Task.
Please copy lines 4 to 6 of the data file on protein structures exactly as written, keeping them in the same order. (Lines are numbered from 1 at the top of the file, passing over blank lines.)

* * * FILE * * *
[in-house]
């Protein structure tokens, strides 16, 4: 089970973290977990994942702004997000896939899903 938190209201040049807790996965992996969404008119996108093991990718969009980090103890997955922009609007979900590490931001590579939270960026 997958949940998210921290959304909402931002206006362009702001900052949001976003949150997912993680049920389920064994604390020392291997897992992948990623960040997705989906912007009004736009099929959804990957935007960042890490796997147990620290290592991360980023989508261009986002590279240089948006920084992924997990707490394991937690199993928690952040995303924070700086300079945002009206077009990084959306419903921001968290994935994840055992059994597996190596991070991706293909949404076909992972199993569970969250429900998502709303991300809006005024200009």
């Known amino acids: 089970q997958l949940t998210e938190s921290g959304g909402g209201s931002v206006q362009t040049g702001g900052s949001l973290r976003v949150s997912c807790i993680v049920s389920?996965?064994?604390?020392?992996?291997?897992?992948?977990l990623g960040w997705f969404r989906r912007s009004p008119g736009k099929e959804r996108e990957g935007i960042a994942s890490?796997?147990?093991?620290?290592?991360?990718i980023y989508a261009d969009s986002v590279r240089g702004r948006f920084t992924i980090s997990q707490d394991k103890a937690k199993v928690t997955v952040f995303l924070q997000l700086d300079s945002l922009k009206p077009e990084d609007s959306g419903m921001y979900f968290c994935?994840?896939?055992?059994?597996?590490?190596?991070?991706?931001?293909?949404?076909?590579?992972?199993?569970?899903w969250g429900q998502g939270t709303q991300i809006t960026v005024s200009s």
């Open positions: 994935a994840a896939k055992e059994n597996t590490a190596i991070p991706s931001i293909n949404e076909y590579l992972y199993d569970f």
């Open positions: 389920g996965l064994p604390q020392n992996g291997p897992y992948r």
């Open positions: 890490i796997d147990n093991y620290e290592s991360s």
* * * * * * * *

């Open positions: 994935a994840a896939k055992e059994n597996t590490a190596i991070p991706s931001i293909n949404e076909y590579l992972y199993d569970f």
């Open positions: 389920g996965l064994p604390q020392n992996g291997p897992y992948r």
């Open positions: 890490i796997d147990n093991y620290e290592s991360s």